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Cyprus report Cyprus report
by Euro Reporter
2010-02-15 08:12:28
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Christofias – Anastasiades – letters – talks

President of the Republic of Cyprus Demetris Christofias has said that Turkish Cypriot leader Mehmet Ali Talat had asked for the direct talks to be interrupted after the UN Secretary-General’s visit to the island, but afterwards reconsidered his stance as far as the continuation of the talks was concerned.  Christofias made the statement in a reply letter to leader of the opposition Democratic Rally party, Nicos Anastasiades who asked to be informed about the Greek Cypriot side’s stance on the continuation of the talks, following Ban Ki-moon’s January visit to Cyprus.

Both Christofias and Anastasiades` letters were made public on Saturday by the Spokesman`s office, following consultation with the DISY leader.  In his letter dated 12 February 2010, Anastasiades had said that after meetings with ambassadors of countries such as the US, Finland, Sweden and Denmark as well as the UN Secretary-General’s Special Adviser on Cyprus, he has “ascertained a concern on the international community’s part as far as the negotiating process is concerned”.

Anastasiades said that bearing in mind Talat’s statement that he is ready to continue the intensive round of negotiations, “I ascertain the danger that some will try to present our side as the one which is delaying and therefore undermine the prospects of the negotiation process”.  Calling on the President to inform him on Christofias’ intentions and decisions, Anastasiades further cited his party’s position which was outlined at the last meeting of the National Council that the Greek Cypriot side should not view negatively the possibility of extending the intense negotiations provided that our side is outstandingly prepared and that the negotiations will extend to cover significant chapters including the issue of property, territory, security and settlers.

In his reply dated 12 February 2010, President Christofias underlines that “Mr. Talat has asked me to interrupt the dialogue after the Secretary-General’s visit, to concentrate on his pre-election campaign”.  “Showing understanding, I agreed with him. At the last day of the intense negotiations, Mr. Talat came with a new request to continue the meetings after the 1st of February 2010 because he thought it would benefit him. I again agreed with Mr. Talat”, President Christofias said.  Noting that Talat explained to Ban why he was seeking a break in the negotiating dialogue and that later he reviewed his position, I “responded and have already submitted to Mr. Talat and the UN four dates for all day meetings”, President Christofias said.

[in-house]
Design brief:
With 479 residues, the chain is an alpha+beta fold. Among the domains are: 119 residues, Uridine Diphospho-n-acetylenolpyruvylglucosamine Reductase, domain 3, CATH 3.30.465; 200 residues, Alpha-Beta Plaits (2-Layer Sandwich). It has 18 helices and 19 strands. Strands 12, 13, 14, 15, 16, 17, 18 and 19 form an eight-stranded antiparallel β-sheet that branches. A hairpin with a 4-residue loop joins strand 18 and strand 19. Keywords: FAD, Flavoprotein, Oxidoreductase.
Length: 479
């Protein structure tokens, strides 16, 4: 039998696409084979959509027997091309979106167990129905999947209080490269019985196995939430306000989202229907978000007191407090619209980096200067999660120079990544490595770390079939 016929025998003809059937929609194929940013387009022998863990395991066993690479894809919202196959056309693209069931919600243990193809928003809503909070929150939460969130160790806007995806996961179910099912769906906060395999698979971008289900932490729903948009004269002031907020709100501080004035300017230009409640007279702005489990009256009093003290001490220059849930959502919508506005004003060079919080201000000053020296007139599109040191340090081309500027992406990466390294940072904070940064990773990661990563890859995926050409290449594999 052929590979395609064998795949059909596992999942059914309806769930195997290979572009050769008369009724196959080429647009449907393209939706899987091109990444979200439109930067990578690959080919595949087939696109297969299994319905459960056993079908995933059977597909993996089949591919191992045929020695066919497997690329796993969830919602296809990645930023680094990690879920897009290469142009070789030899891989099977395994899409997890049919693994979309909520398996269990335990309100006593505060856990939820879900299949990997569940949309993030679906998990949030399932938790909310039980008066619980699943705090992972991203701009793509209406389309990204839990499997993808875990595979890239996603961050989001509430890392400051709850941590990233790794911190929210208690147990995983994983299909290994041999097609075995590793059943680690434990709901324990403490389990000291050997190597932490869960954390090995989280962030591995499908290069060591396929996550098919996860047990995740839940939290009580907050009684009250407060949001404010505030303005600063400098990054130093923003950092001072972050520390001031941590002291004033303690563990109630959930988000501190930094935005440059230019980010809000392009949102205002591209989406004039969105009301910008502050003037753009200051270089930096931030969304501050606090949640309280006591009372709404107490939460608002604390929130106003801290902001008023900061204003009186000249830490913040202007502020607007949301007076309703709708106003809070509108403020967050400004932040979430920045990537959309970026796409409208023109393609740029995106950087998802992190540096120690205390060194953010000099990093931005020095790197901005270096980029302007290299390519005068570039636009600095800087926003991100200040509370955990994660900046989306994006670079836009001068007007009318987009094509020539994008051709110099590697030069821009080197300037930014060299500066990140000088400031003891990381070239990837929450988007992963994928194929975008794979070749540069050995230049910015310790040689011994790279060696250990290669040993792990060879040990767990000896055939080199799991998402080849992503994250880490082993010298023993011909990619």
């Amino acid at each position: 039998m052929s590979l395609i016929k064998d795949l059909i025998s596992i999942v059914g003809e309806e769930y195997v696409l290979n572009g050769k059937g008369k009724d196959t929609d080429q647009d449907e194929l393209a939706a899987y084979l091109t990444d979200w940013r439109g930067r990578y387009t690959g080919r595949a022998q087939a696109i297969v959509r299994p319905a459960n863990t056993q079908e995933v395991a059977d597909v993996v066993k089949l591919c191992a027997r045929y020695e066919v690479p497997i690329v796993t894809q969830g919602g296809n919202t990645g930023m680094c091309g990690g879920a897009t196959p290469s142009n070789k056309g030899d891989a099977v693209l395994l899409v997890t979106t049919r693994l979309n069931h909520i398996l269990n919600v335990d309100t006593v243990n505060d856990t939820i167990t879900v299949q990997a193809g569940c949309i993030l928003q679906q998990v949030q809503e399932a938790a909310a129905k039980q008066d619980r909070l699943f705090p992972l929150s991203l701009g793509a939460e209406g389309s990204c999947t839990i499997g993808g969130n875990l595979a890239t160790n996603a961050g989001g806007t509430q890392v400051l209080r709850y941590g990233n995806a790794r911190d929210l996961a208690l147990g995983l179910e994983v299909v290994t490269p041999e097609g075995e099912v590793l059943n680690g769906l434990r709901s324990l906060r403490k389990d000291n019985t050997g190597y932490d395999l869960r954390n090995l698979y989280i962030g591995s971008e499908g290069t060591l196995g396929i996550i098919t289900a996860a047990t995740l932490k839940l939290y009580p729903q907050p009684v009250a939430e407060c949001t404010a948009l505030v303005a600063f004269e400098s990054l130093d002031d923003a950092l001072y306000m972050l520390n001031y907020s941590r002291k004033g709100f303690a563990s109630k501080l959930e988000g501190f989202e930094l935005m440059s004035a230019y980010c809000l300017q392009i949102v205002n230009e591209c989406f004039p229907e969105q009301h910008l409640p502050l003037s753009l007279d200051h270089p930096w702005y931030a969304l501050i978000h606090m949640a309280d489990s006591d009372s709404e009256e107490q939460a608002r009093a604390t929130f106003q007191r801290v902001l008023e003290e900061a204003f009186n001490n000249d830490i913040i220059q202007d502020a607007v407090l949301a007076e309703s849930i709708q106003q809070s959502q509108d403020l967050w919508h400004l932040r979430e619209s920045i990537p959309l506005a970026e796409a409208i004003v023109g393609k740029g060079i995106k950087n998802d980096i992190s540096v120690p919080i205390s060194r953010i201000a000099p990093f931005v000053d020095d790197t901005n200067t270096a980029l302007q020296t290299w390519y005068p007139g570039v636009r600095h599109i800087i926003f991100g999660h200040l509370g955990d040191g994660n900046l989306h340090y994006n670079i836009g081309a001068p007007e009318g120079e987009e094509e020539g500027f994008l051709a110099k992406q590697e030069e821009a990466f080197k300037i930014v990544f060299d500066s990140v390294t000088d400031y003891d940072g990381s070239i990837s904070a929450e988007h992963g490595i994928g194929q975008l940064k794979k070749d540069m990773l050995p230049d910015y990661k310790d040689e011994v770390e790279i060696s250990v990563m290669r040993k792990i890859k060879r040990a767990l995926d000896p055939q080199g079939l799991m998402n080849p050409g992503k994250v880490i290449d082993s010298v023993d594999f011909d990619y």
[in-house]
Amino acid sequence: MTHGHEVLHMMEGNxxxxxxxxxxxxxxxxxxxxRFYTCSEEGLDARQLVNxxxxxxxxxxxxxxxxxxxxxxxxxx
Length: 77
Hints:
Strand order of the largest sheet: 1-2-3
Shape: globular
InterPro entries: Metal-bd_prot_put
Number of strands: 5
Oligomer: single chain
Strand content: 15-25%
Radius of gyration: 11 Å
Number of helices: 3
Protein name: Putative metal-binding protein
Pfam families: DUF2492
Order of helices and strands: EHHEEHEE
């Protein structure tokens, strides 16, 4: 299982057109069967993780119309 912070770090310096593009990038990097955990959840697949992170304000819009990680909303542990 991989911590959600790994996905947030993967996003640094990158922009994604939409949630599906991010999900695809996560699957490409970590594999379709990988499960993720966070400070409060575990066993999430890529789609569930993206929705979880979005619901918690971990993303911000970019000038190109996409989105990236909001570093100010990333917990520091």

The President agrees with Anastasiades that the necessary preparation should be preceded and it is for this reason that he has asked the first meeting to be held on 24 February, the second on March 4th, the third on March 16 and the fourth on March 30. “I must admit that with regret I ascertain an orchestrated effort on the part of specific sides to present our side as negative as far as continuing the talks is concerned”, President Christofias underlined.  He explains that “I say specific sides because when I met the Ambassadors of the Five Permanent Members and explained to them how things are and our position, their unanimous positions were that they greatly appreciate the initiatives and, understanding and patience as far as the dialogue which is taking place or took place and which will continue”.

Referring to Anastasiades’ point where he talks about some who will try to present the Greek Cypriot side as the one which is delaying the process, President Christofias stressed: «I want to be clear. Only maliciously can such charge be made against us. On the other hand, I want to make it clear that it is neither my responsibility as President and negotiator nor the responsibility of our side the possible election of Mr. Talat. I categorically reject even the slightest thought that we will be blamed for a possible failure on Mr. Talat’s part in the so called elections”.  President Christofias further repeated that no substantial progress has been achieved on various chapters during the negotiations, noting that “our side is not at all responsible for this”.  The President also said: “I want to make it clear that under no circumstances, as President of the Republic and as negotiator I will make unacceptable concessions to the Turkish Cypriot side and to Mr. Talat merely for his possible re-election”.